Sonny is a troubled soul who deeply loves music, grew up in Harlem, got involved in drugs, and ended up spending time in prison. His responsible older brother, who has become a schoolteacher with a wife and family, doesn't understand Sonny. In fact, he cuts himself off from his brother until his own daughter dies.
The older brother spends a good deal of time wishing that Sonny had lived a different kind of life, one more like his own. He sees Sonny not as a bad person, but as someone who needs to be fixed. As a math teacher with a logical mind, he hasn't paid much attention to his brother's music.
When Sonny comes out of prison and is staying with his brother, he sees him listening to and enjoying music he hears outside the window. This emboldens Sonny to ask his brother if he would like to come and hear him play in the Village. Sonny adds, "if you can stand it," suggesting that he doesn't think his brother has much patience with his music.
The brother agrees, however, and while there, suddenly understands Sonny and the way he has transformed his blues—his pain—into art. Sonny's music touches people's souls. The brother gains a new appreciation and respect for his brother, thinking,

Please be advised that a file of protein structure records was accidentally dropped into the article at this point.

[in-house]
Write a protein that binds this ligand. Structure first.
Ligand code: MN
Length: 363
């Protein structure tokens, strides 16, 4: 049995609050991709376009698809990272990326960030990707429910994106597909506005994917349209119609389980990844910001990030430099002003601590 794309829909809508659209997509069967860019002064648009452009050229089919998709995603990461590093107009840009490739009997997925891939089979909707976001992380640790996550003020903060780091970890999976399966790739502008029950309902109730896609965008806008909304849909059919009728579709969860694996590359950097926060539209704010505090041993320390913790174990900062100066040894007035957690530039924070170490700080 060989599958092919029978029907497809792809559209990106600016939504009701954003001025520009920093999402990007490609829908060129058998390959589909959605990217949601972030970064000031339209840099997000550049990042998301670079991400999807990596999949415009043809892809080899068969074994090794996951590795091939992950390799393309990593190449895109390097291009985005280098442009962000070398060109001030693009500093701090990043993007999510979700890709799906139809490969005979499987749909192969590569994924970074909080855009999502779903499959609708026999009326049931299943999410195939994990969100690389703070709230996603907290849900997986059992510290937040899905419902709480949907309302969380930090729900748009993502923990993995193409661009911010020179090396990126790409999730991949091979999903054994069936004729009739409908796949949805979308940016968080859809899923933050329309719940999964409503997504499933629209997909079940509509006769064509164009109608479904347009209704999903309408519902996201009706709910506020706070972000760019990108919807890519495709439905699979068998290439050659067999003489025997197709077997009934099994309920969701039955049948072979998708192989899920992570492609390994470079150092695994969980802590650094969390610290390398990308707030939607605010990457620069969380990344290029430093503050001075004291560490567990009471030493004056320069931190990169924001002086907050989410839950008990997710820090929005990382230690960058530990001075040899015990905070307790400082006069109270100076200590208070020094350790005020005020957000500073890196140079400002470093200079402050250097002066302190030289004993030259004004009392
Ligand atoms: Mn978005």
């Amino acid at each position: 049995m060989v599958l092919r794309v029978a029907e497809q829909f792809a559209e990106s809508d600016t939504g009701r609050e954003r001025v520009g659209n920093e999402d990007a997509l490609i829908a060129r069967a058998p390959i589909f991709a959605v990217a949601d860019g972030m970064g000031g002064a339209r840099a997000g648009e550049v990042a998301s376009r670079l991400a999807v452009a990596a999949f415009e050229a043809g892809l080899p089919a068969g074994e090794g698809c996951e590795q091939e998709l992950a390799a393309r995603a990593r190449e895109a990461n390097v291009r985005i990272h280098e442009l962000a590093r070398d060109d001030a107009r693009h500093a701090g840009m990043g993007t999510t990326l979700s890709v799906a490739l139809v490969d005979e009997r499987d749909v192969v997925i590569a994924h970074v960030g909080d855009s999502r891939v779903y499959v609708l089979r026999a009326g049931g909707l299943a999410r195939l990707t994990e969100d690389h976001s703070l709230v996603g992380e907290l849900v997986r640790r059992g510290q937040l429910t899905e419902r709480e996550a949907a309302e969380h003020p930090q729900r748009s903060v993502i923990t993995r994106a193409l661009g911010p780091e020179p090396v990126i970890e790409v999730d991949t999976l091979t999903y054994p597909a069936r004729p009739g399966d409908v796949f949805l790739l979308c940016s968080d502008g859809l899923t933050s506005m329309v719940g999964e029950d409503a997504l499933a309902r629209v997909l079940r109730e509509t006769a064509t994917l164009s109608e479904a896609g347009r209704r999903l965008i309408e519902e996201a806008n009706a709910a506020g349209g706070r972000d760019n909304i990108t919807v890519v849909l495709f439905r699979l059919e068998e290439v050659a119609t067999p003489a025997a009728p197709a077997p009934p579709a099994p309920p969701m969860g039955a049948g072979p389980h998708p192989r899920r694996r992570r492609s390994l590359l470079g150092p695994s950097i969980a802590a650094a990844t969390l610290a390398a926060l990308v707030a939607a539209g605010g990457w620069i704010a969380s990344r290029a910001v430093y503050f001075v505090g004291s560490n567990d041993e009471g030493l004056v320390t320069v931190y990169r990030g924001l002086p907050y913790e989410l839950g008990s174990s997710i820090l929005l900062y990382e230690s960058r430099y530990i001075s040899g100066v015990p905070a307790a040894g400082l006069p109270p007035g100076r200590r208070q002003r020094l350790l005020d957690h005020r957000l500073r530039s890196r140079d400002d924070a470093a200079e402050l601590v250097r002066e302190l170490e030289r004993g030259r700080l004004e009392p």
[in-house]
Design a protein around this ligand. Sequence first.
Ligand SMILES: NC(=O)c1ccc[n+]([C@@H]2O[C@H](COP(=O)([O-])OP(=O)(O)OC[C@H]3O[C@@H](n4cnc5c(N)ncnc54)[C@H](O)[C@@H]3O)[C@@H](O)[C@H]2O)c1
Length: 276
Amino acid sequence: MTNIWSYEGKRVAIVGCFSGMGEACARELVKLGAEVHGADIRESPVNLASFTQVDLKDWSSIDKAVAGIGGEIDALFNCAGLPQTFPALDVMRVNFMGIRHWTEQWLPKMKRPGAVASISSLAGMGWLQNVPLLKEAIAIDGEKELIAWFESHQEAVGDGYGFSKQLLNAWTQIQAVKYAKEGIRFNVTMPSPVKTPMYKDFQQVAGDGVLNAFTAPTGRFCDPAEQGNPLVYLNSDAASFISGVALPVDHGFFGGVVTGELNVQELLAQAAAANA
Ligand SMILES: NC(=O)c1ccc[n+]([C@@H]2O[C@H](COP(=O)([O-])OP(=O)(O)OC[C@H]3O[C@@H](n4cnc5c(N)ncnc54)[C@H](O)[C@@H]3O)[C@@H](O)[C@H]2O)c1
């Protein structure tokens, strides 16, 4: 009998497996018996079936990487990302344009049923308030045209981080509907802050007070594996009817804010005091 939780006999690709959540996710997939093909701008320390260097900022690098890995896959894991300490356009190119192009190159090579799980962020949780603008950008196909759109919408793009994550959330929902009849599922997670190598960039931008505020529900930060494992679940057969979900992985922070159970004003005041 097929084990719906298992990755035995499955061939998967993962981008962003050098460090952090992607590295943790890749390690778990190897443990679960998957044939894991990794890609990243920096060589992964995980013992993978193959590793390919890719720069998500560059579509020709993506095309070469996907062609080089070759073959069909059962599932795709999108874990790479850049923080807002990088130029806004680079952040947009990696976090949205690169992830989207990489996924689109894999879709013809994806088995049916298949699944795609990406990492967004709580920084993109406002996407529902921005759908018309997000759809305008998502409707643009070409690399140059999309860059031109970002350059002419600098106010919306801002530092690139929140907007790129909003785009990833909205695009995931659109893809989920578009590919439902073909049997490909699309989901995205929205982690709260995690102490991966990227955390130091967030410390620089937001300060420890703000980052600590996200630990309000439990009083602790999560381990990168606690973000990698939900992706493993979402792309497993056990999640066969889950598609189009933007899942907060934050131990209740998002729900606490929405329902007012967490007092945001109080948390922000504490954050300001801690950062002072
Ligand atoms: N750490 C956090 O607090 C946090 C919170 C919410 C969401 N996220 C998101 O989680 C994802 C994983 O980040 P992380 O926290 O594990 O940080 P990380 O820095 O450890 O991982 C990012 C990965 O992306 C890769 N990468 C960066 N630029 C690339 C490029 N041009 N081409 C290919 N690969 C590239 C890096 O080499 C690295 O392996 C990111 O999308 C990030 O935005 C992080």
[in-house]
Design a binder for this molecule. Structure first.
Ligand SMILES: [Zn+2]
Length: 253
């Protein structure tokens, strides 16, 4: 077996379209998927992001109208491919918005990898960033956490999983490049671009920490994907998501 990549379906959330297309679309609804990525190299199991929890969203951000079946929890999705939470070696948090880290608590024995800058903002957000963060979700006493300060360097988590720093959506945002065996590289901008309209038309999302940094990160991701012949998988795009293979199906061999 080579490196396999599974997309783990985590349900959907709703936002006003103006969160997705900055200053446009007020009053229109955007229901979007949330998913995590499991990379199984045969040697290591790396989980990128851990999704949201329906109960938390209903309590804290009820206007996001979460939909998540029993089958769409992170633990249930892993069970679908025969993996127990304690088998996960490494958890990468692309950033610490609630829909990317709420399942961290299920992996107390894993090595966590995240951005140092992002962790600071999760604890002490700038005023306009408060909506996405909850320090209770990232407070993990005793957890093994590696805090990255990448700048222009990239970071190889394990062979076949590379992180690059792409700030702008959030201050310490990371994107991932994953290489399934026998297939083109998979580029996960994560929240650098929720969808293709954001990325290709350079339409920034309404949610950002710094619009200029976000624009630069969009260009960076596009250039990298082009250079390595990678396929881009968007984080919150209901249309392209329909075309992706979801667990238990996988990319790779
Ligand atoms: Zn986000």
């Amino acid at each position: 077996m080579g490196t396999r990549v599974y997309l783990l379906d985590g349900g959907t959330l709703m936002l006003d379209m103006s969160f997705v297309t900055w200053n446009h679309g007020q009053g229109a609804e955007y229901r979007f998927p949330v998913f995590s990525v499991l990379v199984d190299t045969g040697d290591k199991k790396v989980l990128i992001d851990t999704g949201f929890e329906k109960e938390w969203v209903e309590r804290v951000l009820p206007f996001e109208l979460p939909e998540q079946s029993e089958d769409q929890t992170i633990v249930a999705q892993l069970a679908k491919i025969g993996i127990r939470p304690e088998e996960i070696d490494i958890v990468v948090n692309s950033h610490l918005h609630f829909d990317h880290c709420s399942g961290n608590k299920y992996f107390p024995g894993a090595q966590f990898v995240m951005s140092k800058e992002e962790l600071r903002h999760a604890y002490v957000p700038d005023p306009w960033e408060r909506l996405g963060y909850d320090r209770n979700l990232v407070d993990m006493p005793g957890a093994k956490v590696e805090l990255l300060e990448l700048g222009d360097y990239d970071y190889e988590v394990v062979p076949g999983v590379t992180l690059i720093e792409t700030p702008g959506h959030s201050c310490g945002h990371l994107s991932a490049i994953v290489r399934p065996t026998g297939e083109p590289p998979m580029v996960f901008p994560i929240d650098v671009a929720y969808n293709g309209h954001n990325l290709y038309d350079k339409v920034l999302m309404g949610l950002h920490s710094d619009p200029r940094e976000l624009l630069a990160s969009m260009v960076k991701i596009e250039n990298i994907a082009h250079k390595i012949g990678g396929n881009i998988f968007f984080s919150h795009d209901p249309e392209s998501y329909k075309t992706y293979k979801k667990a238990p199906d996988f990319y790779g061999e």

Sonny's fingers filled the air with life, his life. But that life contained so many others .... Then he began to make it his .... I seemed to hear with what burning he had made it his, and what burning we had yet to make it ours, how we could cease lamenting. Freedom lurked around us and I understood, at last, that he could help us to be free if we would listen, that he would never be free until we did.
Sonny's brother has an epiphany in which he understands the power of art to heal and transform broken lives. He realizes Sonny is not a loser, but someone with a powerful creative gift to offer the world.